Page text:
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Golden Age Mystery Recommendations

One thing which I have loved consistently for many years now are Golden Age murder mysteries. I read these as often as I can, and enjoy nothing more than discovering new-to-me authors who wrote in this genre, primarily during the 1920s and 1930s. I have decided to collect together ten of my favourites (and also not to include too much Agatha Christie, even though I easily could have!). I would highly recommend these books whether you are already a superfan of this genre, like me, or whether you are looking to dip your toe in. I hope you find something here which keeps you guessing!

  1. A Blunt Instrument by Georgette Heyer (1938)

‘Who would kill the perfect gentleman?

When Ernest Fletcher is found bludgeoned to death in his study, everyone is shocked and mystified: Ernest was well liked and respected, so who would have a motive for killing him? Inspectors of Scotland Yard felt it was an unlikely crime for the London suburbs: a perfectly respectable chap at home with his head bashed in. It seems the real Fletcher was far from the gentleman he pretended to be. There is, in fact, no shortage of people who wanted him dead.

Superintendent Hannasyde and Sergeant Hemingway, with consummate skill, uncover one dirty little secret after another, and with them, a host of people who all have reasons for wanting Fletcher dead. Who tiptoed into the study to do the deed? The rather nefarious nephew Neville? A neighbor’s wandering wife? A fat man in a bowler hat?

The mystery’s key was a blunt instrument–a weapon that the police could not find… and that the murderer can to use once more. Then, a second murder is committed, with striking similarities to the first, giving a grotesque twist to a very unusual case, and the inspectors realize they are up against a killer on a mission…’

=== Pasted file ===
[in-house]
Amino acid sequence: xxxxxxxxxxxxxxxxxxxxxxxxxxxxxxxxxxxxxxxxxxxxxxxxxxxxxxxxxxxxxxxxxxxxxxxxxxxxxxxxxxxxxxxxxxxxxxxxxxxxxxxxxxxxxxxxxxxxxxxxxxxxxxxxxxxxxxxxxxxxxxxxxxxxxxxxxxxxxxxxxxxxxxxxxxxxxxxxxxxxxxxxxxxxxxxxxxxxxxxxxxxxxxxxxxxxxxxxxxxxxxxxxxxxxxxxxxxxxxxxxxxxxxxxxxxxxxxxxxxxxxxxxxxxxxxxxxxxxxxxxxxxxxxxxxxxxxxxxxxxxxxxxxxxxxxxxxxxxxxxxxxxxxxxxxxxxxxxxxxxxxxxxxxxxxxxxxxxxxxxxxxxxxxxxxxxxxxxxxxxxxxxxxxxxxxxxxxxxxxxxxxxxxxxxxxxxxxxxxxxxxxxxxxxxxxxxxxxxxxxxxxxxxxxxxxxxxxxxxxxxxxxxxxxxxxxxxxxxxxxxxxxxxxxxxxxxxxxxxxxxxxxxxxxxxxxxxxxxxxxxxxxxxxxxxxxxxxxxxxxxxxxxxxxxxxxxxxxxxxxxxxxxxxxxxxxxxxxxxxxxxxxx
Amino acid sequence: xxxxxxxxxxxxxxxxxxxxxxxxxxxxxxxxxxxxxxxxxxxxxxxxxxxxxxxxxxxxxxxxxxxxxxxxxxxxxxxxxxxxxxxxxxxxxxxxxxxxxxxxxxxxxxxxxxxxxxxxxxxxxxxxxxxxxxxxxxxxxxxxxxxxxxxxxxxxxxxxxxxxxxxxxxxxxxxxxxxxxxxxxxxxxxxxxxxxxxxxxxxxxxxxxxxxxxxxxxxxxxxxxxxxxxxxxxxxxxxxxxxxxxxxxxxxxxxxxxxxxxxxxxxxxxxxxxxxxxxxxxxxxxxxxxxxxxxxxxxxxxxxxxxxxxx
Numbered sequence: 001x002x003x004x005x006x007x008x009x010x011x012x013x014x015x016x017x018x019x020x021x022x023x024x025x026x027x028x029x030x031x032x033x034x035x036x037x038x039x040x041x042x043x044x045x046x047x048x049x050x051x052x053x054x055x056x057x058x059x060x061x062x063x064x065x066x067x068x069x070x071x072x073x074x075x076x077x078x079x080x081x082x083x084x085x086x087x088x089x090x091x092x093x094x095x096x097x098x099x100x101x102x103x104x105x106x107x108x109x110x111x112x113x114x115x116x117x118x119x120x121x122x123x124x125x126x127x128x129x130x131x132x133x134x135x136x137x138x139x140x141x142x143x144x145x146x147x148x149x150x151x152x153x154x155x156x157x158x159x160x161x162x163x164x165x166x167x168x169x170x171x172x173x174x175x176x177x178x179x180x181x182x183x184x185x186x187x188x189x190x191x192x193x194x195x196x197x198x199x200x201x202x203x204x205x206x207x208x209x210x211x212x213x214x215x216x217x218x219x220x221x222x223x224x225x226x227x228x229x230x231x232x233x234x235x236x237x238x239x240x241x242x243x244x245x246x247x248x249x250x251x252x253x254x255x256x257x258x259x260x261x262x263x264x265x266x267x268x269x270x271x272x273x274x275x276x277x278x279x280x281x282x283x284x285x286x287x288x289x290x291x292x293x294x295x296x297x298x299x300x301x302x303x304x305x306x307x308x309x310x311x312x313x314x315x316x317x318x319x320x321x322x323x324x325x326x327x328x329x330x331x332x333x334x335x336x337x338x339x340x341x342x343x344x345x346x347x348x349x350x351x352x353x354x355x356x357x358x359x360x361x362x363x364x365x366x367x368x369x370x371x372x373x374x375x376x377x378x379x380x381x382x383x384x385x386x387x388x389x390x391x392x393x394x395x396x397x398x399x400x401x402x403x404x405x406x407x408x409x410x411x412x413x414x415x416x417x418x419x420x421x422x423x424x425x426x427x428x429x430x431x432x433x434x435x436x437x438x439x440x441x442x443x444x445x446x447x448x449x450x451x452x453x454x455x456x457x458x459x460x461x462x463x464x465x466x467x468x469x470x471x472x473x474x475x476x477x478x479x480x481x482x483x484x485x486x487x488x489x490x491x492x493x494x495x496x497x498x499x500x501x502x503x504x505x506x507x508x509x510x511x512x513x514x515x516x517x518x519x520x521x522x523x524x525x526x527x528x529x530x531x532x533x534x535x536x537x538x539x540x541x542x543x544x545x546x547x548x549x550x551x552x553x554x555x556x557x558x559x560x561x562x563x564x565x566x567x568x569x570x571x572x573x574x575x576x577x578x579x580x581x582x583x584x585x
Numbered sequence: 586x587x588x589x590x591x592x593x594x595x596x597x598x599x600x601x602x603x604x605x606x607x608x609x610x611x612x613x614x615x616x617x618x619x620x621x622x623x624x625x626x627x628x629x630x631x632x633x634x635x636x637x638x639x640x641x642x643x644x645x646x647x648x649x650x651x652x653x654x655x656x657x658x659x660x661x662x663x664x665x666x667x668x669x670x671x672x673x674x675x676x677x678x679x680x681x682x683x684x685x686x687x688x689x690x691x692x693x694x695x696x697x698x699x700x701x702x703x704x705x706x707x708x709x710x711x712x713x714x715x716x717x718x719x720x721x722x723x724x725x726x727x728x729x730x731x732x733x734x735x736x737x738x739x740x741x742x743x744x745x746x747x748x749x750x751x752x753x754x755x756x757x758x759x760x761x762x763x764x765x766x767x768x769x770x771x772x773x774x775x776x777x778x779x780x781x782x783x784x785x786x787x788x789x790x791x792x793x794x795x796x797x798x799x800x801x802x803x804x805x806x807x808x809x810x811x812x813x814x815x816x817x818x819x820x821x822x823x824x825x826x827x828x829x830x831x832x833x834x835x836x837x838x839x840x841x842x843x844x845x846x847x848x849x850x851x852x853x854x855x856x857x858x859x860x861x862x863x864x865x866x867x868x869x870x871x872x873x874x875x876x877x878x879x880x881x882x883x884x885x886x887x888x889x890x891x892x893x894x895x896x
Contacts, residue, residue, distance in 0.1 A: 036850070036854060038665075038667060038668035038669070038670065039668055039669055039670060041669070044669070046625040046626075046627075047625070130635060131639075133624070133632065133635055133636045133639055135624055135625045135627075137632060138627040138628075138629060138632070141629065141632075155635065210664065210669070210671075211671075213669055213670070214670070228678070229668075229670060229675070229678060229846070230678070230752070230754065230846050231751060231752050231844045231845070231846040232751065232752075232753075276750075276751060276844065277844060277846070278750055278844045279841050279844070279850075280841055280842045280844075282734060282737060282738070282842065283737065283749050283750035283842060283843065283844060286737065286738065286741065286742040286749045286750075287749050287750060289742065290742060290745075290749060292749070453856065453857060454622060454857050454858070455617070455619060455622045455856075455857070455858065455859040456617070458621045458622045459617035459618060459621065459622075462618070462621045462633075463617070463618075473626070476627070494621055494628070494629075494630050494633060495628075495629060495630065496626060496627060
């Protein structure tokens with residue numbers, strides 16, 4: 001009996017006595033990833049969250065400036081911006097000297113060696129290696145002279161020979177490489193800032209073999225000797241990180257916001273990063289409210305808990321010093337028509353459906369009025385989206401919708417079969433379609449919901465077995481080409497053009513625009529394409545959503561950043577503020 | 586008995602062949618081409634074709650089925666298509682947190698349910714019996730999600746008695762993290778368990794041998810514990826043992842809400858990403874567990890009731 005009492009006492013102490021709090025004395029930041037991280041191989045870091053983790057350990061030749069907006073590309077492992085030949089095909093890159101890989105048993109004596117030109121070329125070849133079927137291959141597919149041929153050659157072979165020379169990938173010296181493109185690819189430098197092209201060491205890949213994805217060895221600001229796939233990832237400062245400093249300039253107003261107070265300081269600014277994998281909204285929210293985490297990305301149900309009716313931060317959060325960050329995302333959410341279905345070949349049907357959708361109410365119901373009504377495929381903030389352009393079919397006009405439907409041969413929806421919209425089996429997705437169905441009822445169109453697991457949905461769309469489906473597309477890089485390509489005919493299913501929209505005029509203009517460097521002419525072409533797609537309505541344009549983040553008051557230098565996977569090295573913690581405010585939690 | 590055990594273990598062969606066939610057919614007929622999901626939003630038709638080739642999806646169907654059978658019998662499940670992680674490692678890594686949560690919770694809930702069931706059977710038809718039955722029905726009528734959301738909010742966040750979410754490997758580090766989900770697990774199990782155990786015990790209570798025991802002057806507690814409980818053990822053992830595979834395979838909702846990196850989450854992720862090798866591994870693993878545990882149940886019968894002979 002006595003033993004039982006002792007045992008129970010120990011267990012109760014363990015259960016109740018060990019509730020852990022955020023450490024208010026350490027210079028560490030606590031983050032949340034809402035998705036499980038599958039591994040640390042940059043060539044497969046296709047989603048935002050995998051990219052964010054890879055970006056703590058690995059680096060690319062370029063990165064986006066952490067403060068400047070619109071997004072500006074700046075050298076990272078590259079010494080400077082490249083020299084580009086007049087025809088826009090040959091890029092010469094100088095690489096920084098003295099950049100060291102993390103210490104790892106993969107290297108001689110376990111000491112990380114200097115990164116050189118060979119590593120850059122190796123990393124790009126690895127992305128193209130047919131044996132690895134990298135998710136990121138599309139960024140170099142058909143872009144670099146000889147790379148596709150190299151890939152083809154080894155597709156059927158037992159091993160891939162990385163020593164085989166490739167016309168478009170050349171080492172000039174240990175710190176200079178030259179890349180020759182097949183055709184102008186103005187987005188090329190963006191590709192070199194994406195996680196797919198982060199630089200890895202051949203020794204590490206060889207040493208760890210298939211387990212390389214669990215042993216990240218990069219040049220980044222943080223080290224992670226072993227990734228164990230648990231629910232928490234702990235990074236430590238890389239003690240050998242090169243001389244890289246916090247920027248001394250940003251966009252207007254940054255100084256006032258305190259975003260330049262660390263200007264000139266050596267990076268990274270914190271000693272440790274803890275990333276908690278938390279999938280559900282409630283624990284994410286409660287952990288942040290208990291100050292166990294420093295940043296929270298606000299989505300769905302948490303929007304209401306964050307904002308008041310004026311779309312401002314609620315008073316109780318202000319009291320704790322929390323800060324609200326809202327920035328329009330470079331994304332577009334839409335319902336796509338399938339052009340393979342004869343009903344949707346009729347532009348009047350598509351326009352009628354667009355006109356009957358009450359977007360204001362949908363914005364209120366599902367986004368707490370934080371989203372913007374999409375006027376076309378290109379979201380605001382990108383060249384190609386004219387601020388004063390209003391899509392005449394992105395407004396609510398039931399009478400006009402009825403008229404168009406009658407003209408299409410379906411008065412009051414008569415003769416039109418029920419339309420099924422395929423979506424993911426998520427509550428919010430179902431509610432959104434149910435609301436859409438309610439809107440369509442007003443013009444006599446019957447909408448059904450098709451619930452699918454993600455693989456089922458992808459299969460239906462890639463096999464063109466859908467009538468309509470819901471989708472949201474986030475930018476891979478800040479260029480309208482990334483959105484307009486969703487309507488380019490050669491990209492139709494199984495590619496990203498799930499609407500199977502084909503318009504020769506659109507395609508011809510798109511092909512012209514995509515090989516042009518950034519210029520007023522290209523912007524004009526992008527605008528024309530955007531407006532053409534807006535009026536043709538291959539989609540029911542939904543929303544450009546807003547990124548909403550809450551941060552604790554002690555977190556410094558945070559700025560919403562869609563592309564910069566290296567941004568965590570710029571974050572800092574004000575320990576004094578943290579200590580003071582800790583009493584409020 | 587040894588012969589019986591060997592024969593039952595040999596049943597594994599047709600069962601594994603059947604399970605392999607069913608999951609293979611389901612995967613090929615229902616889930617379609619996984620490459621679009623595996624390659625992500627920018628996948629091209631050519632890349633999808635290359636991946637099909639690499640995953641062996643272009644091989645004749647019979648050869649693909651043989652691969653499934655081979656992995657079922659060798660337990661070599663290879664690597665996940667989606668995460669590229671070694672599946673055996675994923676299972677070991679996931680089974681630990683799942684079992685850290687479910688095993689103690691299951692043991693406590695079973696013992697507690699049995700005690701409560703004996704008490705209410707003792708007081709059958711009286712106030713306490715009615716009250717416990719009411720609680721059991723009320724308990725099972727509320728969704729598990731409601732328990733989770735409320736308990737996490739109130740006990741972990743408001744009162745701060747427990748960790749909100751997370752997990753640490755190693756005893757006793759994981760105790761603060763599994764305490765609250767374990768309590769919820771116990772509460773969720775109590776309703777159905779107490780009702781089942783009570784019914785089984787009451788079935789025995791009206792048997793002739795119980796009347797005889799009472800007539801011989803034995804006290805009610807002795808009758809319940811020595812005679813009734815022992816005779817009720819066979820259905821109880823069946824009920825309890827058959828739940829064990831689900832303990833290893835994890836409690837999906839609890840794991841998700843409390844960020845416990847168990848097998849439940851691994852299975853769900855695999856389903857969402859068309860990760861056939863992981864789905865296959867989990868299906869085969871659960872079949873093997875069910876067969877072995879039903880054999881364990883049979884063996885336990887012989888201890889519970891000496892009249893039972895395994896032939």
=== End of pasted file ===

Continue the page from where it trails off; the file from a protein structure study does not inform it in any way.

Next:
2. The Secret Adversary by Agatha Christie (1922)

‘Tommy Beresford and Prudence ‘Tuppence’ Cowley are young, in love… and flat broke. Just after Great War, there are few jobs available and the couple are desperately short of money. Restless for excitement, they decide to embark on a daring business scheme: Young Adventurers Ltd.—”willing to do anything, go anywhere.” Hiring themselves out proves to be a smart move for the couple. In their first assignment for the mysterious Mr. Whittingtont, all Tuppence has to do in their first job is take an all-expense paid trip to Paris and pose as an American named Jane Finn. But with the assignment comes a bribe to keep quiet, a threat to her life, and the disappearance of her new employer. Now their newest job are playing detective.

Where is the real Jane Finn? The mere mention of her name produces a very strange reaction all over London. So strange, in fact, that they decided to find this mysterious missing lady. She has been missing for five years. And neither her body nor the secret documents she was carrying have ever been found. Now post-war England’s economic recovery depends on finding her and getting the papers back. But he two young working undercover for the British ministry know only that her name and the only photo of her is in the hands of her rich American cousin. It isn’t long before they find themselves plunged into more danger than they ever could have imagined—a danger that could put an abrupt end to their business… and their lives.’

3. The Crime at Black Dudley by Margery Allingham (1929)